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What is Microsoft Teams – Part 2

What is this Teams thing people keep talking about?

Welcome to Part Two of this series where we’ll walk you through the features of Teams including channels, tabs and chat.

Part Two of Three

Channels

You’ll start with a channel called General and you can create more channels that meet your needs at any time. Whether you choose to build channels by team, geography or department is completely up to you and only takes a few seconds.

Each channel has its own e-mail address, URL and tabs for specific content that those users can customize to fit their requirements for collaboration.

Tabs

Once you are inside your channel, you can add tabs for the content you want to share with your team for this particular focus. Conversations let your people have ongoing discussions, like comments, add GIFs and emojis to keep things light-hearted. If you are the boss and want to stay on the “more professional side” there are options to disable the fun.

Wiki lets you capture your knowledge and wisdom from the participants. It has a format like OneNote so you can free form the notes in a place where you can always find them easily.

Files allows you to share documents, creating folders to keep things organized if necessary. Plug in cloud storage sources (SharePoint, DropBox, ShareFile, Box or Google Drive) to give you a variety of options.

Need to share the content in a web browser, you can get a link to pass along to the people that need it.

SharePoint Content Directly in Teams

Need content from your SharePoint site to be accessible in your Teams channel? Not a problem. Just click the “+” to add a tab, choose SharePoint, pick your target content and there it is in Teams.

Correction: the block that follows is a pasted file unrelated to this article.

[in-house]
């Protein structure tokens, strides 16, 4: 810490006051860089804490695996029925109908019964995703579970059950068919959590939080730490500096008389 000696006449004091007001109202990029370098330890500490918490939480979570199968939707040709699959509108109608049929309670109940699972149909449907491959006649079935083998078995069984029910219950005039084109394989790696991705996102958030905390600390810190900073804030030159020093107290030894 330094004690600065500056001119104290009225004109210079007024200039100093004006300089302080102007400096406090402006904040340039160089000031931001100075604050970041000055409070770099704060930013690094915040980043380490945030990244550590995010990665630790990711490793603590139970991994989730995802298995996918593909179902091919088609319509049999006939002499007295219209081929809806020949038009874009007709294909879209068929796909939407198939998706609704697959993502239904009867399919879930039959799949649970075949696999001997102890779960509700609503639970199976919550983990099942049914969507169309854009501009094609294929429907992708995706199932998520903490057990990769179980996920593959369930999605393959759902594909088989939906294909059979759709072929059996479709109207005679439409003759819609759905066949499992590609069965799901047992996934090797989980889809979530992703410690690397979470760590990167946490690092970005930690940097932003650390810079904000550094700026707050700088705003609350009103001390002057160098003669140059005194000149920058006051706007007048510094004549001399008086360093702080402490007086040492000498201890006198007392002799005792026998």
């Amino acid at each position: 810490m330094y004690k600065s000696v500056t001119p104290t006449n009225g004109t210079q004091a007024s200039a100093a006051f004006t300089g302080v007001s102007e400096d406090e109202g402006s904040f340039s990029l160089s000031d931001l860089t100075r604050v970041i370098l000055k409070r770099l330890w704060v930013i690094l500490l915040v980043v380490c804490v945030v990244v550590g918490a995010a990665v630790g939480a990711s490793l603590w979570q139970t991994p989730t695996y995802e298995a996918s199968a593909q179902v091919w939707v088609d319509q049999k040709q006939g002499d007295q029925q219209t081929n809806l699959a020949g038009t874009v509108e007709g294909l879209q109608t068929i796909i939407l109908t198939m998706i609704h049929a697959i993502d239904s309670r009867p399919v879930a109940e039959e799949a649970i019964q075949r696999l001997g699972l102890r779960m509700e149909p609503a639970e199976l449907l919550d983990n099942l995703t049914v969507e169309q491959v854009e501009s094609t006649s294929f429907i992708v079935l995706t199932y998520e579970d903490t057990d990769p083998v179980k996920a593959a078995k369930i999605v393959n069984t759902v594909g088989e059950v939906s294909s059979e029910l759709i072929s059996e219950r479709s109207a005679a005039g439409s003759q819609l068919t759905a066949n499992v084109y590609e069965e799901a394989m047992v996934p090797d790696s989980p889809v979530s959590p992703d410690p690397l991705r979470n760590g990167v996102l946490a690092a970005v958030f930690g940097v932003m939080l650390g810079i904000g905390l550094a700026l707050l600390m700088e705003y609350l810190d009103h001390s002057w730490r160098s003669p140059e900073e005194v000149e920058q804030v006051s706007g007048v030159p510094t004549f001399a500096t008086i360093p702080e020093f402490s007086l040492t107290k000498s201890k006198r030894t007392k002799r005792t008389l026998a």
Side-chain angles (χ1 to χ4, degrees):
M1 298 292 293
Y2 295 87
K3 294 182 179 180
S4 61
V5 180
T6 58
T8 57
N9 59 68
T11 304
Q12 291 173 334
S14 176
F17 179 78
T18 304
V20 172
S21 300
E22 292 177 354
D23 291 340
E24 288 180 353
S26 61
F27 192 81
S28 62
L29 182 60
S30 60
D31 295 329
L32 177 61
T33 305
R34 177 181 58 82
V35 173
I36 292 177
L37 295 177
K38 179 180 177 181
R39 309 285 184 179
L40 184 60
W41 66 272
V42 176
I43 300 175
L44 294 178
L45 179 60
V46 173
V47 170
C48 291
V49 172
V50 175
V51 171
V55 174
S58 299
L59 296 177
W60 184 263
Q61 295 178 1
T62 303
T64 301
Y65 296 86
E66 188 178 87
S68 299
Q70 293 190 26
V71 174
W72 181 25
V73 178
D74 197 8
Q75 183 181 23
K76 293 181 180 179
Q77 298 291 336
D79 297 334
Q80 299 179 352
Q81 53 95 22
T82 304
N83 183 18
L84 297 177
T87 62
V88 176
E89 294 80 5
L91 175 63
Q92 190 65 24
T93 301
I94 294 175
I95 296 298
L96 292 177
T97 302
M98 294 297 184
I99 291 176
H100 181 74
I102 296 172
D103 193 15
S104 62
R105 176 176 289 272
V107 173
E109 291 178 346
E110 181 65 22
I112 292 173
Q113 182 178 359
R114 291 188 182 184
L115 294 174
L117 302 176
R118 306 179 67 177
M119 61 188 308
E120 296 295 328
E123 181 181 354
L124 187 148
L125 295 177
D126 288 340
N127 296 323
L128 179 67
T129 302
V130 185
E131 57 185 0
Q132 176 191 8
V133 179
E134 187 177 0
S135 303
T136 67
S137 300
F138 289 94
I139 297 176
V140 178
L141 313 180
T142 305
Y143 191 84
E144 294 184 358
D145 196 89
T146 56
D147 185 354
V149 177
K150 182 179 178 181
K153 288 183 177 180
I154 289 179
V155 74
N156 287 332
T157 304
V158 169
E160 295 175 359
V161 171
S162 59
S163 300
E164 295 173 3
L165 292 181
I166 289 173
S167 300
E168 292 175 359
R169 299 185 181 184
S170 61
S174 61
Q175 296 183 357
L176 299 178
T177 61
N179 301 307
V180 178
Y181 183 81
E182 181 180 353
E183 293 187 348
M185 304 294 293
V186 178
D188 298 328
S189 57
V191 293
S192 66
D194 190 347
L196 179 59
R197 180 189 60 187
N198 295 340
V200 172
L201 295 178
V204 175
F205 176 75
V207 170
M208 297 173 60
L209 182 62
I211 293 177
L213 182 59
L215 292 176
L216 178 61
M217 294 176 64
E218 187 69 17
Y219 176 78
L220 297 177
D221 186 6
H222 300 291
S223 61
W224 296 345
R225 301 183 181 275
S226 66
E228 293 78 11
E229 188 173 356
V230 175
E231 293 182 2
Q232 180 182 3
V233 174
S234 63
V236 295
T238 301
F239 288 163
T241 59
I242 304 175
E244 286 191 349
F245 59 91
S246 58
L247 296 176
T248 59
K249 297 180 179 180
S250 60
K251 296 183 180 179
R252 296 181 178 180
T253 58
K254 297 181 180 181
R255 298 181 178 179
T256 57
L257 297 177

Wait! There’s More!

You can give special content its own tab so it is easy to find those documents that you all update frequently. Documents set to a tab open in Office Online right inside Teams so you can edit it even when someone else is editing it and everyone gets their work done without interruption or complication. That’s easy.

In addition to the standard set of Office 365 apps, you can plug in tabs that include helpful YouTube or Stream videos, PDF documents, social media feed, poll or just a website that the people you work with need to keep an eye on during the workday.

There are more options than we can discuss here and Microsoft keeps adding choices right there in the Teams client.

Build your own Tab

If you can’t find what you need and want to develop your own, Microsoft has published the development guidance for Teams tabs. Your average web application can be adapted to Teams easily and Microsoft gives you the steps right here:

https://msdn.microsoft.com/en-us/microsoft-teams/tabs

Chat

You get many more options in Teams chat than you saw in Skype which carries on the theme from the channels by giving you tabs to explore while you talk to someone. Maybe there is a file just the two of you need or you want to catch up on their posts to Team sites… just click Activity and you can see their posts for Teams you have in common.

Add content into the conversation, store it between you in Files, start a voice conversation or go straight to video for that one on one with a more personal touch.

END OF PART TWO

You have completed part two of this series but have you have one more to go! Don’t forget that there is a part one in case you missed it.

PART ONE

In part one we introduced you to Teams and discussed the main elements of the application. We also helped you understand why you want to suggest it to your customers and how to position it as a solution in their environment.

PART THREE

In part three we’ll teach you how to talk to Bots and how meetings will change in Teams. We also have roadmap information just shared by the Teams product group.